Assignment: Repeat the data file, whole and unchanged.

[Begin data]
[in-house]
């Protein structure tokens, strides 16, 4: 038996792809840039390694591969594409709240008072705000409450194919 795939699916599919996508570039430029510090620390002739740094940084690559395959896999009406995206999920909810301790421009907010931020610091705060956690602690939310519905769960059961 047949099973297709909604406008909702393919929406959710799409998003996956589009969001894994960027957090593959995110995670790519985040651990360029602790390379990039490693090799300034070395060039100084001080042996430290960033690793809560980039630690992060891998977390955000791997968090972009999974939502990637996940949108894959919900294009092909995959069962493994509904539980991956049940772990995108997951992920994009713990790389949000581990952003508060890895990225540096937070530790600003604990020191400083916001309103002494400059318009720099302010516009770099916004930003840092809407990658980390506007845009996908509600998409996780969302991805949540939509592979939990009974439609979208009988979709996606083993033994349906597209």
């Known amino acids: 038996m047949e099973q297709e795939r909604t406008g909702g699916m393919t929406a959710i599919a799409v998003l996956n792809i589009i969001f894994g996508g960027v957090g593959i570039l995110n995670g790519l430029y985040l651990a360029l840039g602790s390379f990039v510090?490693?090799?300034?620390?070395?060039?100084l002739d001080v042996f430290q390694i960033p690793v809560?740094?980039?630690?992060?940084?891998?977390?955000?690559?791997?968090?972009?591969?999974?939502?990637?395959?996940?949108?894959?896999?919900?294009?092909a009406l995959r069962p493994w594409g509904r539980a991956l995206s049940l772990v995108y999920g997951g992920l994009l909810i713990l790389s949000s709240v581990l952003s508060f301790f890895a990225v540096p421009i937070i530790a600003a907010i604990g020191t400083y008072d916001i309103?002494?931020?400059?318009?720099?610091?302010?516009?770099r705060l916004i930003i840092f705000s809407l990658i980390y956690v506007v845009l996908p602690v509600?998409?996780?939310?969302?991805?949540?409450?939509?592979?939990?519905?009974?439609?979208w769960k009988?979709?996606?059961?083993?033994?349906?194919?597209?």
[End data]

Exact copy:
[in-house]
């Protein structure tokens, strides 16, 4: 038996792809840039390694591969594409709240008072705000409450194919 795939699916599919996508570039430029510090620390002739740094940084690559395959896999009406995206999920909810301790421009907010931020610091705060956690602690939310519905769960059961 047949099973297709909604406008909702393919929406959710799409998003996956589009969001894994960027957090593959995110995670790519985040651990360029602790390379990039490693090799300034070395060039100084001080042996430290960033690793809560980039630690992060891998977390955000791997968090972009999974939502990637996940949108894959919900294009092909995959069962493994509904539980991956049940772990995108997951992920994009713990790389949000581990952003508060890895990225540096937070530790600003604990020191400083916001309103002494400059318009720099302010516009770099916004930003840092809407990658980390506007845009996908509600998409996780969302991805949540939509592979939990009974439609979208009988979709996606083993033994349906597209």
């Known amino acids: 038996m047949e099973q297709e795939r909604t406008g909702g699916m393919t929406a959710i599919a799409v998003l996956n792809i589009i969001f894994g996508g960027v957090g593959i570039l995110n995670g790519l430029y985040l651990a360029l840039g602790s390379f990039v510090?490693?090799?300034?620390?070395?060039?100084l002739d001080v042996f430290q390694i960033p690793v809560?740094?980039?630690?992060?940084?891998?977390?955000?690559?791997?968090?972009?591969?999974?939502?990637?395959?996940?949108?894959?896999?919900?294009?092909a009406l995959r069962p493994w594409g509904r539980a991956l995206s049940l772990v995108y999920g997951g992920l994009l909810i713990l790389s949000s709240v581990l952003s508060f301790f890895a990225v540096p421009i937070i530790a600003a907010i604990g020191t400083y008072d916001i309103?002494?931020?400059?318009?720099?610091?302010?516009?770099r705060l916004i930003i840092f705000s809407l990658i980390y956690v506007v845009l996908p602690v509600?998409?996780?939310?969302?991805?949540?409450?939509?592979?939990?519905?009974?439609?979208w769960k009988?979709?996606?059961?083993?033994?349906?194919?597209?």